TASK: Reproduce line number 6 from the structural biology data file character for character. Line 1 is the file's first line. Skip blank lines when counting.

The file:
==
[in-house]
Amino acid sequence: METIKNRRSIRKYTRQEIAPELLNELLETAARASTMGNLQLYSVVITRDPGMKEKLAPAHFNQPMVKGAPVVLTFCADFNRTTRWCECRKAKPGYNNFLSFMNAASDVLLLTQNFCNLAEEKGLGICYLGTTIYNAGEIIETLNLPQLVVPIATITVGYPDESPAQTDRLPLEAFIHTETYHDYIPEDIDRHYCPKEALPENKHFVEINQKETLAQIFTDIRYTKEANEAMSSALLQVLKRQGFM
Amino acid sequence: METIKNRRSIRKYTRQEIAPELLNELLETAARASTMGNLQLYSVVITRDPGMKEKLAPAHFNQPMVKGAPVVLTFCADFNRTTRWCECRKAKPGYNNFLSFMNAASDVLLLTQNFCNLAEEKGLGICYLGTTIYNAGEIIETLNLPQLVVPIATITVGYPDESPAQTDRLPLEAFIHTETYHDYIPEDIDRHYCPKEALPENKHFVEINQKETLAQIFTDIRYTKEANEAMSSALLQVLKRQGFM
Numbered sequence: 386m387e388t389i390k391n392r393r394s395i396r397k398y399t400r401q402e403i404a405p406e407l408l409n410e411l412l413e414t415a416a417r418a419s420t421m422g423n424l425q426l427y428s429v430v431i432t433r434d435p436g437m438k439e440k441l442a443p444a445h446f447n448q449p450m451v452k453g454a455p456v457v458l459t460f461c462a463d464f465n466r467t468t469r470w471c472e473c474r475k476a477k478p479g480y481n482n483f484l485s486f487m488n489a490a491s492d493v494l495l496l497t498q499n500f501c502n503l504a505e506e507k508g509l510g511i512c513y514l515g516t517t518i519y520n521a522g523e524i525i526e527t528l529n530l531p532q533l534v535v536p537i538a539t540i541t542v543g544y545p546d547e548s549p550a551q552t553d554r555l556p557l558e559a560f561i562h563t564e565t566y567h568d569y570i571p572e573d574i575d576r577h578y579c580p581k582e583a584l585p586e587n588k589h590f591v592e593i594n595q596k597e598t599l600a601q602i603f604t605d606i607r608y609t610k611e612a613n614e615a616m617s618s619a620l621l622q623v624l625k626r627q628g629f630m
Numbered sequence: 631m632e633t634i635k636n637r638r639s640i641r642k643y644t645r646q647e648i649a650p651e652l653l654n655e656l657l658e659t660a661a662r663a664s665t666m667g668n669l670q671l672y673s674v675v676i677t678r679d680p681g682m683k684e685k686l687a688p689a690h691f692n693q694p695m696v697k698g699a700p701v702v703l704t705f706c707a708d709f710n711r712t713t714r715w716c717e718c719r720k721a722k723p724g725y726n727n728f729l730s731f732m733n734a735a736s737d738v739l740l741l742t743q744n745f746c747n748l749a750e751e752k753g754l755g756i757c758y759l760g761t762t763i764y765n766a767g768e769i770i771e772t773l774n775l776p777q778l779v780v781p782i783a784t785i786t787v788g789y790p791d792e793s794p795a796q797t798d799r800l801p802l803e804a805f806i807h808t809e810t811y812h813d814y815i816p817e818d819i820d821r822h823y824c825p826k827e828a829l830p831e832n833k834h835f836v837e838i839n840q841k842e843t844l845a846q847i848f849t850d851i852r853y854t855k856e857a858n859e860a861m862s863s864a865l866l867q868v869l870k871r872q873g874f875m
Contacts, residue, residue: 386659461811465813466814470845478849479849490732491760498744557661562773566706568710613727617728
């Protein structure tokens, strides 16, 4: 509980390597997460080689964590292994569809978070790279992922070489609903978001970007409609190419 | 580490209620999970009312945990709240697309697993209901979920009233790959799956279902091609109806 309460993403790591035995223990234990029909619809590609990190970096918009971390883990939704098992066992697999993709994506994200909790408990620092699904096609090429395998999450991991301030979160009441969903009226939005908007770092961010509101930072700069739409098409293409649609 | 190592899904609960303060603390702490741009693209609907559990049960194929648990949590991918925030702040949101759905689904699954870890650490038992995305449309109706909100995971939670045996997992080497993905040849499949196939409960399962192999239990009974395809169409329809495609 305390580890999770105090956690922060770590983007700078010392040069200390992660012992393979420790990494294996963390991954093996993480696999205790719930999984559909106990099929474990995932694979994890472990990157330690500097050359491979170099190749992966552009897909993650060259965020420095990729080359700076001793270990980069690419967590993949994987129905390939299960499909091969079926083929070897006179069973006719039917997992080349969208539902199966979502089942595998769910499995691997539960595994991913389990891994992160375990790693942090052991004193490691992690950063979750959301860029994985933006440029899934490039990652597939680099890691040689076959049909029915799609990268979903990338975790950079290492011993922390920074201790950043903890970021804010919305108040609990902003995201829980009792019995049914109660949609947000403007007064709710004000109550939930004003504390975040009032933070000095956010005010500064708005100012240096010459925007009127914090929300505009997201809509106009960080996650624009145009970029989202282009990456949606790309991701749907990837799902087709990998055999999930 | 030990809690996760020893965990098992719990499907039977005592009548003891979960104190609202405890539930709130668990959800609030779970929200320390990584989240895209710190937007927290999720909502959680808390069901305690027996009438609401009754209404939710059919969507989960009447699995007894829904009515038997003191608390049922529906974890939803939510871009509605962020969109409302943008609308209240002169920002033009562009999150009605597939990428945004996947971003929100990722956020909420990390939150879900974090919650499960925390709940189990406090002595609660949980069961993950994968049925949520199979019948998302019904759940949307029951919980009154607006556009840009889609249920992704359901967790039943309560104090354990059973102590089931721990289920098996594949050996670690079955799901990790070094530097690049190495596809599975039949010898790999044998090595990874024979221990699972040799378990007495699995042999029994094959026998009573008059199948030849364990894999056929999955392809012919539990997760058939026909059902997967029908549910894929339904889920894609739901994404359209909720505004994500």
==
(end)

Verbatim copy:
Contacts, residue, residue: 386659461811465813466814470845478849479849490732491760498744557661562773566706568710613727617728